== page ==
Julia Gillard is transitioning her prime ministership from trying to win a second term of office to marking out her place in Labor history.
With Labor’s time running out, Ms Gillard is looking to the long game. It is about writing the grand narrative, rather than worrying about the nitty-gritty of day-to-day politics.
In part, this is to be achieved through legislation ushering in a National Disability Insurance Scheme (NIDS).
Expensive, uncosted, likely to result in the mushrooming of a new federal bureaucracy, but probably ultimately necessary in some form, the NDIS is designed to be on Ms Gillard’s political epitaph along with the carbon tax, the historic milestone of being Australia’s first female prime minister, and the thousands of Julia Gillard memorial school halls.
Ms Gillard will be campaigning on the NDIS from now until she is no longer in politics as she seeks to establish her Labor reform credentials alongside those of former Labor greats who established iconic programs such as universal superannuation, Medicare, and the Pharmaceutical Benefits Scheme.
But the cost of the grand schemes is a major concern, and runs completely contrary to the government’s stated goal of returning the Budget to surplus.
For its part, the Opposition is not opposed to the NDIS, which is a national scheme designed to provide support and funding to people with disabilities and their full-time carers.
However, the Coalition is so far reluctant to sign a blank check for the Labor Government because the cost of a much more generous federal scheme, replacing the ad hoc state-based support systems of support, is likely to be extremely prohibitive.
The Productivity Commission estimates that the cost of an NDIS will be $7 billion a year on top of the money already being spent by the states and territories. The Productivity Commission’s report into the NDIS did not specify where the money would come from.
At the last Budget, the Gillard Government committed $1 billion to support the first stage of an NDIS to set up a new agency and to conduct some trials. But this will not lead very far at all.
As Henry Ergas from The Australian wrote recently: “Once the trials are over, thousands of disabled Australians will therefore be back where they are today — struggling, and all too often failing, to make ends meet. According to recent estimates, 45 per cent of people with a disability are in or near poverty, a rate almost three times that in the general population.”
Federal politicians of all party persuasions are extremely well versed in the awful tribulations of people living with someone with a disability.
Public meetings, town-hall meetings and talk-back radio are often filled with anguished parents of a son or daughter with a mental or physical disability as they seek to tell their story of seeming never-ending care without respite, with minimal help and with no prospect of relief as they get older.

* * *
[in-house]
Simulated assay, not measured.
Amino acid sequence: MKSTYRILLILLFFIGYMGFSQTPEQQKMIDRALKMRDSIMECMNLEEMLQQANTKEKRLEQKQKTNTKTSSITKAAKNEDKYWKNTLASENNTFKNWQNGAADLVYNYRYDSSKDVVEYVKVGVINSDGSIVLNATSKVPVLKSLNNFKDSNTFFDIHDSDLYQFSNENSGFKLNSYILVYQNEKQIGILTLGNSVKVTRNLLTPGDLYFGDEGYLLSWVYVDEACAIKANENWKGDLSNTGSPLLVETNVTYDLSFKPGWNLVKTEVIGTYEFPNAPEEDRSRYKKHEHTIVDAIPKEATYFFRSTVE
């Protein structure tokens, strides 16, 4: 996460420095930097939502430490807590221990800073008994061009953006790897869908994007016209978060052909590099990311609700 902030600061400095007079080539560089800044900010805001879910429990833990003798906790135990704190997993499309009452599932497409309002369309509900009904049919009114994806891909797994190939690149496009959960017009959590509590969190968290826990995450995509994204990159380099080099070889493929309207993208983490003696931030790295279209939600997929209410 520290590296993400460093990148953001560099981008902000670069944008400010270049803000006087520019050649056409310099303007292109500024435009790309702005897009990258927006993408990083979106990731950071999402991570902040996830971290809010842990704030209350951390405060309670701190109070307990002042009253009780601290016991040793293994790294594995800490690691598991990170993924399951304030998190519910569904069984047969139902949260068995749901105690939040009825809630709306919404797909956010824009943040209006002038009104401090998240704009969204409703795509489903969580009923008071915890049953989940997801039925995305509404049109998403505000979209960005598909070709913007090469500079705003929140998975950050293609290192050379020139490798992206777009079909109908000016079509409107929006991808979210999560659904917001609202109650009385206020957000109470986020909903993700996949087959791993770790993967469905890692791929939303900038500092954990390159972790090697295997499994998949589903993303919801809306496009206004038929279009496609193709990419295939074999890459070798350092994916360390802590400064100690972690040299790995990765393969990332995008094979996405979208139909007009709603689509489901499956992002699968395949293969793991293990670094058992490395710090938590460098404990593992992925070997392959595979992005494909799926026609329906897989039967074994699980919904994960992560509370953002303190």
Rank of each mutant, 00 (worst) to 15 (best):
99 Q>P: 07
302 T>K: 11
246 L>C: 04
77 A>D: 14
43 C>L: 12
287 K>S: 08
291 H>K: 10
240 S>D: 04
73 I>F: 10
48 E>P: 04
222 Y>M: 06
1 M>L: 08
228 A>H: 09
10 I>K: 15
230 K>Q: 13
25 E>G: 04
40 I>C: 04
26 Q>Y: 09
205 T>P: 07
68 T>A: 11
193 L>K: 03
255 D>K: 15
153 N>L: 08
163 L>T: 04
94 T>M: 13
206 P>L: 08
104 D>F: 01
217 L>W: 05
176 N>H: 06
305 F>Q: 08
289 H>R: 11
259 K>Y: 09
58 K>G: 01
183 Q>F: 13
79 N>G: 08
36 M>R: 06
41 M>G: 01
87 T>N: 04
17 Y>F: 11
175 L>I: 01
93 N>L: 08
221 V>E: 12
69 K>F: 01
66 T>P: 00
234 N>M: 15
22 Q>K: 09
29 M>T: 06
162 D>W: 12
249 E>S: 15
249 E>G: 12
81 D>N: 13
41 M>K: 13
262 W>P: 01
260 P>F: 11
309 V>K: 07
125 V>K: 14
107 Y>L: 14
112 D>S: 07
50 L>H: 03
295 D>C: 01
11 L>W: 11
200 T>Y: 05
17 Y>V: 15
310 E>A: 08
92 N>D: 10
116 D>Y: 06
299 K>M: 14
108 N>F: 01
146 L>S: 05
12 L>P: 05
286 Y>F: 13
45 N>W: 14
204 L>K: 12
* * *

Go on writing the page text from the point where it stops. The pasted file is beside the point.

The stories are often raw, and filled with genuine pain and emotion, and the penny has finally dropped that there is a section of the Australian community that has slipped through the cracks of the system.
However, the recent meeting in Canberra with the states, territories and federal governments failed to achieve a breakthrough on the NDIS.
The deal offered by Ms Gillard predictably resulted in the remaining Labor governments (South Australia and Tasmania) declaring their support for the Federal Government’s scheme, with the Coalition states rejecting it.
Queensland Premier Campbell Newman put forward the idea of a levy, similar to the Medicare levy, to help pay for the scheme — a proposal that was rejected by the Prime Minister.
Opposition leader Tony Abbott, ever cautious not to get wedged on a tax, also ruled out a levy.
This was probably a hasty decision and pushes Mr Abbott further into a corner on bringing the Budget back into balance.
The Federal Government will have to take the lead on taking care of individuals with disabilities and their family carers. A country as wealthy as Australia should be able to afford to support these people rather than waste so much money on myriad other superfluous programs.
But the scheme will require a serious debate and mature choices about where current Budget moneys are allocated.
This is not likely to occur this side of the federal election.
In the meantime, Ms Gillard will be able to claim credit for theoretically introducing an NDIS in Australia, putting her alongside other the Labor greats such as Whitlam, Hawke and Keating.
Unfortunately, the damage she is doing to the Labor Party in the interim is such that the party risks falling into disarray after the next election, with some predicting it will take a decade or more to recover from her leadership.